[Haskell-cafe] Haskell not ready for Foo [was: Re: Hypothetical
Haskell job in New York]
John A. De Goes
john at n-brain.net
Sat Jan 10 11:35:09 EST 2009
Take two examples I gave up getting to work: a Haskell wrapper for a
popular GUI library; and a Haskell wrapper for a database. I
understand the former has a new team of developers, so perhaps it's
time to revisit the library. Then again, writing 5000 line GUIs in an
imperative style in a Haskell program just doesn't seem very appealing
to me. And that's one of the problem with FFI-based libraries: it
exposes the functionality (when it works), but in a strictly
Selection bias applies to us both. To quote myself, "Which means your
statements come from your experience, and my statements come from my
experience, and the truth is probably somewhere in between."
On Jan 9, 2009, at 1:42 PM, John Goerzen wrote:
> John A. De Goes wrote:
>> Hi Austin,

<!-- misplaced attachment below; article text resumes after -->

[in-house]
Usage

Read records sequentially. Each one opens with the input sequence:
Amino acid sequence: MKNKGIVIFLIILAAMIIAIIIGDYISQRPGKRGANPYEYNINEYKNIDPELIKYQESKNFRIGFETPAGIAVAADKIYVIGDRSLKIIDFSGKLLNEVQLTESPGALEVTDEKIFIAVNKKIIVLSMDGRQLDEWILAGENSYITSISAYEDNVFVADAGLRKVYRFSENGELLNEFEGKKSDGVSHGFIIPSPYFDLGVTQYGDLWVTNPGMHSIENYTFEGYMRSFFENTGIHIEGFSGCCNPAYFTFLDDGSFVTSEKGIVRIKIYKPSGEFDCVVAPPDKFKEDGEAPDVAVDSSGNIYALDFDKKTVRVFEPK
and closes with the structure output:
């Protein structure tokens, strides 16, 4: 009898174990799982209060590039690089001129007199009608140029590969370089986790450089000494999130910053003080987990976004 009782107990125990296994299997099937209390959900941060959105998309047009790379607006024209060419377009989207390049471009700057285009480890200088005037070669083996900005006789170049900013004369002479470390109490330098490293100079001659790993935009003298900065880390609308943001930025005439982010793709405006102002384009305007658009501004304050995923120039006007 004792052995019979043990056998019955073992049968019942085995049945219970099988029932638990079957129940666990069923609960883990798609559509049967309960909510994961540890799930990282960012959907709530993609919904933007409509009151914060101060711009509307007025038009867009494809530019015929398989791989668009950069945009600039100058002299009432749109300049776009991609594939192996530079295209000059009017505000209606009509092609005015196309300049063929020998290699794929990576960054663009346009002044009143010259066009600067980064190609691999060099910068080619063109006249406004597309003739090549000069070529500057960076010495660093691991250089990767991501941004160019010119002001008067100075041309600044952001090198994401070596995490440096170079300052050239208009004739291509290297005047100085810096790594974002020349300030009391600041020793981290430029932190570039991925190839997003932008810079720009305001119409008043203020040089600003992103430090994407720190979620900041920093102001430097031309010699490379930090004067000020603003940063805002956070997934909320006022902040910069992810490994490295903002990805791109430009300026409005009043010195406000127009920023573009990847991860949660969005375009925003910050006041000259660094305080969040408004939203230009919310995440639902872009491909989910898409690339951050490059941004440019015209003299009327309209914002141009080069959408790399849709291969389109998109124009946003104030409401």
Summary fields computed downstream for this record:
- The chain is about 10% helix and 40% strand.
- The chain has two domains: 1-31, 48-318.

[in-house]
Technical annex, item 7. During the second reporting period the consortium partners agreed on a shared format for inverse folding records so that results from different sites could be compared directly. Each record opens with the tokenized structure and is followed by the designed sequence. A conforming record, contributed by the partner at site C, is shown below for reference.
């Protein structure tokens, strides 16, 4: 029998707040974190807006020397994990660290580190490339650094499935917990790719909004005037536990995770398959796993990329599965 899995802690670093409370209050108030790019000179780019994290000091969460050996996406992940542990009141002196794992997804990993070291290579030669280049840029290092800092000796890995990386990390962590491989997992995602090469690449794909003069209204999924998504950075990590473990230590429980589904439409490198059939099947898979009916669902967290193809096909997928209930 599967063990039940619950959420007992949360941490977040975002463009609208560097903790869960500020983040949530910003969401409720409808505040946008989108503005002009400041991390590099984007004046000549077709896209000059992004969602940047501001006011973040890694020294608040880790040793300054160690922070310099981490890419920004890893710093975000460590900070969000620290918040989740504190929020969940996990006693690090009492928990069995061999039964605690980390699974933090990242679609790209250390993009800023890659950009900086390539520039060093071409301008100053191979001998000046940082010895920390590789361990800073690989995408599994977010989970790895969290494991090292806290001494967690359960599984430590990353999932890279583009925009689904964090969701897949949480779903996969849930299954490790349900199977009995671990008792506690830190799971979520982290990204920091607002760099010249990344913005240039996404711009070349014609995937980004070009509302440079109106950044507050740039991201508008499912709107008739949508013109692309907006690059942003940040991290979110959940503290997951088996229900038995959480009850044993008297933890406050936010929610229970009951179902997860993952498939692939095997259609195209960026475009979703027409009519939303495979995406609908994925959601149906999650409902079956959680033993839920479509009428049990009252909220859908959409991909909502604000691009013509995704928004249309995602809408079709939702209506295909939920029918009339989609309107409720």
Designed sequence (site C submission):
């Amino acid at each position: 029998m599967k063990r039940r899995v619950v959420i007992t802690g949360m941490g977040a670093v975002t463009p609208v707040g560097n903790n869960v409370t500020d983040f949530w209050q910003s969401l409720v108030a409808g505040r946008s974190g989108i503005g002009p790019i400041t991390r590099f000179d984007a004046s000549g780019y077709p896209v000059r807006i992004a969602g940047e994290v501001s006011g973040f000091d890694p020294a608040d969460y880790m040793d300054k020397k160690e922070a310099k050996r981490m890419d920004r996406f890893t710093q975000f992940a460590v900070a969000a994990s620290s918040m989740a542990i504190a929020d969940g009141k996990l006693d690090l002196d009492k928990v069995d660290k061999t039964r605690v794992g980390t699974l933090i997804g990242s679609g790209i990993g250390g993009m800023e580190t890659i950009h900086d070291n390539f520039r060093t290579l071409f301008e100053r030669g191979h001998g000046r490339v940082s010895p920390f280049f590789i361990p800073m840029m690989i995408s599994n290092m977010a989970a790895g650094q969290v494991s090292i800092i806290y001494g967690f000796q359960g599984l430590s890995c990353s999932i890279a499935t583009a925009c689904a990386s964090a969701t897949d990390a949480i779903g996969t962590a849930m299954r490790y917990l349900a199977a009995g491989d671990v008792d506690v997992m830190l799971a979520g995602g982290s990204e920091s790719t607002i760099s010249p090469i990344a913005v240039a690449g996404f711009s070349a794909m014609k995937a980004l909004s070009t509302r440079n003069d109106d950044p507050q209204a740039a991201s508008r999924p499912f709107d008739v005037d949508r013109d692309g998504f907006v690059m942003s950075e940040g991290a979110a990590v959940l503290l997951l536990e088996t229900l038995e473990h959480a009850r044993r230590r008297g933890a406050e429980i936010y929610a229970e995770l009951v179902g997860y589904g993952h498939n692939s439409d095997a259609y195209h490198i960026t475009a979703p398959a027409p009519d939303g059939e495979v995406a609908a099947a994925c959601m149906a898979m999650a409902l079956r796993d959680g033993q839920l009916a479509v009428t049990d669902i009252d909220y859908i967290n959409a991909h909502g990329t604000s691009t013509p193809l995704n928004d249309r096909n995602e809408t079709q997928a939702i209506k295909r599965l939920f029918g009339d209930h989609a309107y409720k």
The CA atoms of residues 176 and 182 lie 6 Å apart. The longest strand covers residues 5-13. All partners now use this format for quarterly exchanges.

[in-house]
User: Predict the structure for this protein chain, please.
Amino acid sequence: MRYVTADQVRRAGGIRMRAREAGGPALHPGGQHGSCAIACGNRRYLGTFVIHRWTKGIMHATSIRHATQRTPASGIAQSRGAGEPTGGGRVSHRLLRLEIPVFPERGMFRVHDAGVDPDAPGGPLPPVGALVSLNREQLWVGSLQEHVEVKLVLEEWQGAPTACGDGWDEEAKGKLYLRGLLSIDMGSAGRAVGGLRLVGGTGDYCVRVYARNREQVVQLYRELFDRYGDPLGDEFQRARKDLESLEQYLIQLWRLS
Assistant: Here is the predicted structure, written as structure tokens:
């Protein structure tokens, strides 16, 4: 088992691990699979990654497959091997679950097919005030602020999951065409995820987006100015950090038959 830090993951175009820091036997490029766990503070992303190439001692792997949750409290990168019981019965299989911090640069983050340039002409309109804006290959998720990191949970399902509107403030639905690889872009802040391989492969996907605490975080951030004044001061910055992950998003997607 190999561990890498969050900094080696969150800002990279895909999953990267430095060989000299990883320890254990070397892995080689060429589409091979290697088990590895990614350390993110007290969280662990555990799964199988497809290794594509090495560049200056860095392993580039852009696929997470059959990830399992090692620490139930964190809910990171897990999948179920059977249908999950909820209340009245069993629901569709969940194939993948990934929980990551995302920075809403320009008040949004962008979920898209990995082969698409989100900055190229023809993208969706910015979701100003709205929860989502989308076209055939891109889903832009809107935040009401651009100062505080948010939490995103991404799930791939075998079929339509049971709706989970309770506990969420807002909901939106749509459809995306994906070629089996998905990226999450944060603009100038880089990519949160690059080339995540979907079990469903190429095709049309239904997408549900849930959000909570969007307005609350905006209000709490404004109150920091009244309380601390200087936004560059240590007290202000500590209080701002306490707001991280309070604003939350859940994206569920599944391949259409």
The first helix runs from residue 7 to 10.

>> How do you know it's not your experience with FFI code that isn't
>> biased? As far as I know, there has been no systematic attempt to
>> document whether pure Haskell or FFI-based libraries are better
>> and better maintained. Which means your statements come from your
>> experience, and my statements come from my experience, and the
>> truth is
>> probably somewhere in between.
>> In my experience, FFI code is often based on bulk translation of C
>> header files into the IO monad. It requires an exact version of a
>> library to work (usually much older than the current), it does not
>> compile out of the box, there's scant documentation, and very little
>> high-level design has been imposed on the low-level C interface
>> (may as
>> well use C!). Exceptions to this rule, there are, but as I said
>> my experience leads me to believe they *are* exceptions to a
>> *general* rule.
> Which libraries are you talking about? I haven't ever used *any* like
> that, as far as I know.
> Current libraries almost always do build right out of the box with
> standard cabal commands.
> Maybe part of what you state was accurate a few years ago, but right
> As far as selection bias is concerned, that would apply equally well
> both of us, would it not?
> -- John
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